As many of you know, I recently made some major changes to my blog. Some of the major changes happened behind the scenes, as I migrated my blog from wordpress.com to a self-hosted wordpress.org site. It was a change I put a lot of thought into and planned for a long time. But the changes weren’t all behind the scenes. If you’ve been reading my blog for more than a few weeks, you know I totally changed the design as well. I went for a cleaner, simpler, more polished site.
Before making the switch to a self-hosted site, there was very little brand consistency to my posts and images. For each individual post, I would choose an image and go with it. There were no color, styling or size consistencies with my graphics from post to post. One of the major changes I wanted to make when switching to a cleaner, more professional site was to add that consistency that my blog has been missing. You’ll notice that in the last month or so, each graphic is similarly styled, and has style elements in common with my overall blog design.
Here’s the problem, though. Out of a total of 230 blog posts on my site so far, only a dozen or so newer ones match my new aesthetic. As daunting and time consuming as it sounds, I’ve begun going through all 200+ blog posts to update the style. While I’m on each post, I run through a checklist to make sure they’re updated for not just the aesthetics, but that they’re an even better post with more relevant and high-quality content.
Today I wanted to share with you all the checklist I run through on each blog post to make sure it is absolute best fit for my blog.
Is it pinnable? Is it high-quality? Is it the proper width for my blog? Are they styled to match the general aesthetic of my blog? These are the questions I’m asking myself when updating post images. Some of the images on my older post are bad. For so many reasons. They’re a terrible size, they’re blurry, they’re low quality, etc. They’re images that I would personally never repin on Pinterest from someone else’s blog. So why would I expect people to repin them for me? With the crazy amount of traffic possible from Pinterest, it’s important to make sure each post has an image that can perform on Pinterest. So far updating images has been my priority, since that’s the first thing people will see on each post.
A lot of my older blog posts are really short. I committed to posting every day Monday-Friday, but I really just wasn’t able to come up with quality content five days per week when I first started. Instead, I would use really weak filler content. Honestly, a lot of the posts are less than 200 words. Since I would like to be able to drive new traffic to those posts, it’s important that I have content worth reading. I’ve also had days where I’ve rushed to write a post and haven’t even attempted to proof-read it. That’s still one of my biggest blogging downfalls. I’m going to be carefully reading each post to correct any spelling and grammar errors.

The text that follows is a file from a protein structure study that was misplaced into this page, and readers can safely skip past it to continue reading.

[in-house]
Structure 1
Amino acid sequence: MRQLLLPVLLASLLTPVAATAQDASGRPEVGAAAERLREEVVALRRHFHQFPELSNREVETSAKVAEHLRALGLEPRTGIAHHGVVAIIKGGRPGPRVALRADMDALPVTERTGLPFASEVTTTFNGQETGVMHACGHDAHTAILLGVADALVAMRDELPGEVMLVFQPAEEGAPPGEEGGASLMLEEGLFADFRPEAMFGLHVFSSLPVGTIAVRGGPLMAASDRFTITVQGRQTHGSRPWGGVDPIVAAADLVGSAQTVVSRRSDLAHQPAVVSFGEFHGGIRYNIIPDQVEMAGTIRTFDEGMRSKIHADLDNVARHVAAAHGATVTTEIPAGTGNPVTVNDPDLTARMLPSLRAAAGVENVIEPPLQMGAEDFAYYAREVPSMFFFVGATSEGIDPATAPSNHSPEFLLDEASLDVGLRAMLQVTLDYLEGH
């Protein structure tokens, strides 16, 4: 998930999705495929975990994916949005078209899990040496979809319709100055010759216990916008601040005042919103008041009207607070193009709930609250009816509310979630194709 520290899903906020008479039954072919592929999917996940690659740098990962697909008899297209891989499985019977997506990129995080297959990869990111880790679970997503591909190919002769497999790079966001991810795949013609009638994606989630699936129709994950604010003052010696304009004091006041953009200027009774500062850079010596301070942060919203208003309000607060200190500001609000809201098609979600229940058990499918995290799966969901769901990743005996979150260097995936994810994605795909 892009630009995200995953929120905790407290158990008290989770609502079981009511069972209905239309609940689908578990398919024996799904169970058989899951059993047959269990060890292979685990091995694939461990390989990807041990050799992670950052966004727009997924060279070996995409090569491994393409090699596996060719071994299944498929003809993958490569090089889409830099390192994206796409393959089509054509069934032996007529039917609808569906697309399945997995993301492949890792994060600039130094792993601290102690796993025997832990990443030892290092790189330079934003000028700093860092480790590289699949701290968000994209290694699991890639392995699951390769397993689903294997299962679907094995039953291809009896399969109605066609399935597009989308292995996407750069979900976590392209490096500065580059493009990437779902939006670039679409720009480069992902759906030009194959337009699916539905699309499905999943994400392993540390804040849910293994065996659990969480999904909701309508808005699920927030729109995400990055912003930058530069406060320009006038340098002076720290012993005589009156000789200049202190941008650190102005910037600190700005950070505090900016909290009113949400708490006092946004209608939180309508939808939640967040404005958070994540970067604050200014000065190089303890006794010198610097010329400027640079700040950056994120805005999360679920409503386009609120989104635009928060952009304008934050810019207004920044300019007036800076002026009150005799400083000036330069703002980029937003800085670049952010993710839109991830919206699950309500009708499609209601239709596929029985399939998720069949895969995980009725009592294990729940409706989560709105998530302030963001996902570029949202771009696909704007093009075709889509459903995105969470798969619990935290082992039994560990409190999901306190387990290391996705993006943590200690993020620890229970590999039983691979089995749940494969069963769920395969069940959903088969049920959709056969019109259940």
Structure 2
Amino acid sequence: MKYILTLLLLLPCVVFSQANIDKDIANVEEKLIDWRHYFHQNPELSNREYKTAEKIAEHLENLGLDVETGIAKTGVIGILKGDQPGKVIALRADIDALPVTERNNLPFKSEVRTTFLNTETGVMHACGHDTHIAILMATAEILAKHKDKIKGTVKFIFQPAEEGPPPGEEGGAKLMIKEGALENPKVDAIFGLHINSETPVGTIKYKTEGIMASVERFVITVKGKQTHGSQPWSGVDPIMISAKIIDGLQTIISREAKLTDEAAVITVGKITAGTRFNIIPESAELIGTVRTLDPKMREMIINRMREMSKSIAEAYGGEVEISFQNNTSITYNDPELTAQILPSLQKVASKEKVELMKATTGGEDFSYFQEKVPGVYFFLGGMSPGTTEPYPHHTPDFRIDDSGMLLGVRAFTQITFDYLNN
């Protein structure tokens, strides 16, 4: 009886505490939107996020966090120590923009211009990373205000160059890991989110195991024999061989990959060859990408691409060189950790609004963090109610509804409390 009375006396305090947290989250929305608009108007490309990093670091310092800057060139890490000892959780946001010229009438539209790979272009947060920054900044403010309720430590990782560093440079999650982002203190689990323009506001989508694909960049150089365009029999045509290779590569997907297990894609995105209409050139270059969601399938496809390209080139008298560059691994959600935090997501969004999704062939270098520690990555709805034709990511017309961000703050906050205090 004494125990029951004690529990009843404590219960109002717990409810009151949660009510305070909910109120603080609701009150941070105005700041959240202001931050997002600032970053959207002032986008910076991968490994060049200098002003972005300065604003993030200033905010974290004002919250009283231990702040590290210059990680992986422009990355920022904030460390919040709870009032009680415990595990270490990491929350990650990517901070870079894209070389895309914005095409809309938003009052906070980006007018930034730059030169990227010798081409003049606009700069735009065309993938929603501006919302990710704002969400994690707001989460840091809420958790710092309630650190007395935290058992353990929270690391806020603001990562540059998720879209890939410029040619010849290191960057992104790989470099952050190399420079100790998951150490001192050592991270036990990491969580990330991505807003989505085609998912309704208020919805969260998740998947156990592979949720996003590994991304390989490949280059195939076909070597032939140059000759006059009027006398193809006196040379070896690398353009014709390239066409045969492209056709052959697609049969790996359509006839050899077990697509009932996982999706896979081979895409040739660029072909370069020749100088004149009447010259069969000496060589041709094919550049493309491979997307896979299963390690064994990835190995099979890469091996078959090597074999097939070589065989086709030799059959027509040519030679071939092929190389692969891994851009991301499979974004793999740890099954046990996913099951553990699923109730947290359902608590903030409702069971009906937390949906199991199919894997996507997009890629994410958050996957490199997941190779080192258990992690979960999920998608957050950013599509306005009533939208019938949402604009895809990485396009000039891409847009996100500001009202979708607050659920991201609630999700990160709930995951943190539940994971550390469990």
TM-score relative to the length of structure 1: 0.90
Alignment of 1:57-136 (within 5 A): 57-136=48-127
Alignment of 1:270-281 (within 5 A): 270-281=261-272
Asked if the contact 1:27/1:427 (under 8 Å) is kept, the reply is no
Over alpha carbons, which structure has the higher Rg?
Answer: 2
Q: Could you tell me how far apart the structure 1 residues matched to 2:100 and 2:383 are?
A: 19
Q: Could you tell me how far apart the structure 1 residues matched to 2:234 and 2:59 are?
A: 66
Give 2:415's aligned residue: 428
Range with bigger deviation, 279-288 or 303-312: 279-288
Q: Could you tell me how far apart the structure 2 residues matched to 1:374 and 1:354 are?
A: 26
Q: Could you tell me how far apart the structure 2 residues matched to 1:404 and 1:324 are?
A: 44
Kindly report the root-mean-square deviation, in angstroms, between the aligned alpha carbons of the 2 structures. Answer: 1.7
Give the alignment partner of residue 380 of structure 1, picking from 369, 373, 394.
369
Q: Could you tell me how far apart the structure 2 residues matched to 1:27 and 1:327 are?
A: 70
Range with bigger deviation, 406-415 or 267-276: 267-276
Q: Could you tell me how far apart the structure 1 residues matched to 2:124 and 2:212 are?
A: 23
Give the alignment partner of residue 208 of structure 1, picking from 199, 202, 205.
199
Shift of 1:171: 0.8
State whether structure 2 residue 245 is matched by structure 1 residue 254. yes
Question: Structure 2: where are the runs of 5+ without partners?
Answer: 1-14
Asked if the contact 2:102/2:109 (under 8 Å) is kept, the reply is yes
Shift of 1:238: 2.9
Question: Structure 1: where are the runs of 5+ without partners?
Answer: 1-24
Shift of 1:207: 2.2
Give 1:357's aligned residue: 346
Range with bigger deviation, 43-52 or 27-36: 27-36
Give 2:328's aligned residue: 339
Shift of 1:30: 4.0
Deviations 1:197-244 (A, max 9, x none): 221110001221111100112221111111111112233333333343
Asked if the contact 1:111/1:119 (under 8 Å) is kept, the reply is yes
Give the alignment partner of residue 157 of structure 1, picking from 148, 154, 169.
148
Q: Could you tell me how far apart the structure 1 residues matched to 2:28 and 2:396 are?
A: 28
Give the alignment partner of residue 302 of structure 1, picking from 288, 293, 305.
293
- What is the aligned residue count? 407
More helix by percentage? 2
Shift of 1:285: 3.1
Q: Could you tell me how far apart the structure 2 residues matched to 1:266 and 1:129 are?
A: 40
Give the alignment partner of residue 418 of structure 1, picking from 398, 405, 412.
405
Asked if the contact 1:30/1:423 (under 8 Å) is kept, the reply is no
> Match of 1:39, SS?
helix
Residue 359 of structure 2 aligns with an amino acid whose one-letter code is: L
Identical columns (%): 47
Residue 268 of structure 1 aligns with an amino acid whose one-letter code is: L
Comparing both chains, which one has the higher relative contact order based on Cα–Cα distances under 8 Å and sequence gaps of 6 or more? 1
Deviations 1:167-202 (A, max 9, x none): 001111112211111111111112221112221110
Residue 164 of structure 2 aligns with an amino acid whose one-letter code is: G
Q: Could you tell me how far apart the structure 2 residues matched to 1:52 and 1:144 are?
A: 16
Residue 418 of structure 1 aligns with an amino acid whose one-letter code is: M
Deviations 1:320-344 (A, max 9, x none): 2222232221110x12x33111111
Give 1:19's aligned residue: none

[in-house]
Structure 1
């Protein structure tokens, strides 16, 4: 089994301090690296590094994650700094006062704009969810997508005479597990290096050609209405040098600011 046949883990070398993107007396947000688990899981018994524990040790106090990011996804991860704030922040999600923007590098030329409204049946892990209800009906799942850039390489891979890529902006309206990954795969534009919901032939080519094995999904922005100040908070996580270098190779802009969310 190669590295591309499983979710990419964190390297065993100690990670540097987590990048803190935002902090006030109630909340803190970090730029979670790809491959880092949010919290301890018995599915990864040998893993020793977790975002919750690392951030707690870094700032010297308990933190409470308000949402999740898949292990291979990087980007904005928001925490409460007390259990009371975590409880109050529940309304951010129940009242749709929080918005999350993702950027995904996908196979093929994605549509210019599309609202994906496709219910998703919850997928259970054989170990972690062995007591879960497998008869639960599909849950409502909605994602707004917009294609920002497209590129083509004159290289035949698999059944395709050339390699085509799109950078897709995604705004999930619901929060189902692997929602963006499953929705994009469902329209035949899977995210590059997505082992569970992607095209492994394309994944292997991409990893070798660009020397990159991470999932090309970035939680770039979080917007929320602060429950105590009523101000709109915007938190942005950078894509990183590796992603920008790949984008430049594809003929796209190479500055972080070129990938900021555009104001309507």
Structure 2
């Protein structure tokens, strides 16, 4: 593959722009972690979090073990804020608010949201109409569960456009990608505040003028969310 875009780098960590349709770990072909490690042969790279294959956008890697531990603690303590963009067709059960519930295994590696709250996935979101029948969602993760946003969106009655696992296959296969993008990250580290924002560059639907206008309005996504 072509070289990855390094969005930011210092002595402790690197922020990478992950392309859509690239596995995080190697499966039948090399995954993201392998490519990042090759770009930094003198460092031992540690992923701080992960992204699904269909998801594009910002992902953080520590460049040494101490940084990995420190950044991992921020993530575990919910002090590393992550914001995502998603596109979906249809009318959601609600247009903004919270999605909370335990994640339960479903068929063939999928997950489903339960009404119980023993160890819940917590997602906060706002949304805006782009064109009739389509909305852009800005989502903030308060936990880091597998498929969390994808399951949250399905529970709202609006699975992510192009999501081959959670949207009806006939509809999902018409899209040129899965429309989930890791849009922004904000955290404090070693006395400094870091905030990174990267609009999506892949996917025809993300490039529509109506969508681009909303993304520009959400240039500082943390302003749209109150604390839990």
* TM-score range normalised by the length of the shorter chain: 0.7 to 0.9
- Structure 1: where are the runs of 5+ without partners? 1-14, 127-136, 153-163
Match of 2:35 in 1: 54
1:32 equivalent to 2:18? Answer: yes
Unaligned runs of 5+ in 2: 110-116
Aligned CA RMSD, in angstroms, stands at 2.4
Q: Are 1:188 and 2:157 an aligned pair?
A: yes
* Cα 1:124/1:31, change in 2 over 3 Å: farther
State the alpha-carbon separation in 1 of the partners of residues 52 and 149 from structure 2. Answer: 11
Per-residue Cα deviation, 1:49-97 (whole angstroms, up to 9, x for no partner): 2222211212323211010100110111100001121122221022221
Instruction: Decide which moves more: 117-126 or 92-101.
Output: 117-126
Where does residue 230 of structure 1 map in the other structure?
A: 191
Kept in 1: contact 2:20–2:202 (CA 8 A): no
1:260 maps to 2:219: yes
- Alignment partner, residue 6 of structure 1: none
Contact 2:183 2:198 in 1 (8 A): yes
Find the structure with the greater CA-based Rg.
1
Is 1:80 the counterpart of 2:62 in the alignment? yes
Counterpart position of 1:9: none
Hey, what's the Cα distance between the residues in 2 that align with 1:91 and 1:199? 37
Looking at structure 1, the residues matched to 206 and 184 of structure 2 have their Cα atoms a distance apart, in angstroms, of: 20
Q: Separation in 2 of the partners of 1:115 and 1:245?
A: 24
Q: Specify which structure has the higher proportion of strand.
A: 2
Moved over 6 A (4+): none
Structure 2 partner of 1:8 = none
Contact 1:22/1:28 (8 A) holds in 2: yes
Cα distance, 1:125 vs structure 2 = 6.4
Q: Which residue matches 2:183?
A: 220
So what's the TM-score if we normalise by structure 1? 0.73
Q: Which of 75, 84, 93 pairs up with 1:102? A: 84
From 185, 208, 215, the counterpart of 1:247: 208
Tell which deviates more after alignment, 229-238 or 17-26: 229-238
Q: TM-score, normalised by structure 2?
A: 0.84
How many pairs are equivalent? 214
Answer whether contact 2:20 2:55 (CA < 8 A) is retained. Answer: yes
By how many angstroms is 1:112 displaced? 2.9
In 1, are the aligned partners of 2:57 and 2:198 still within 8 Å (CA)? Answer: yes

Now that I have moved to a self-hosted blog and have a plug-in that helps me with my SEO, I actually have a better understanding of SEO for driving traffic to blog posts. Since migrating, I have seen a significant increase in search-engine traffic. Now I want to make sure my older posts are optimized for search engines as well. The plugin I use is WordPress SEO by Yoast.
4. Categories and Tags.
My categories were kind of all over the place in the earlier months of my blog. This is something I started trying to rectify several months ago, but it’s still a work in progress. First of all, I had way too many categories. I probably had 30! I’ve been working to put posts into much more general categories and breaking them down from there if necessary. It’s really cleaned up my site!
5. Checking and adding links.
I add links to other relevant content from my blog. I update links that are broken. I also add affiliate links where appropriate. I used to feature far more products and clothing than I do now, but didn’t start using affiliate links until earlier this year. I have been adding affiliate links to older posts that feature these products.
6. Call to action.
None of my older posts include a call to action anywhere. They don’t ask a question from my readers or really give them any reason to comment. I’ve been adding a call to action at the bottom of each post that gives readers something to respond to directly in a comment, hopefully encouraging them to comment more often.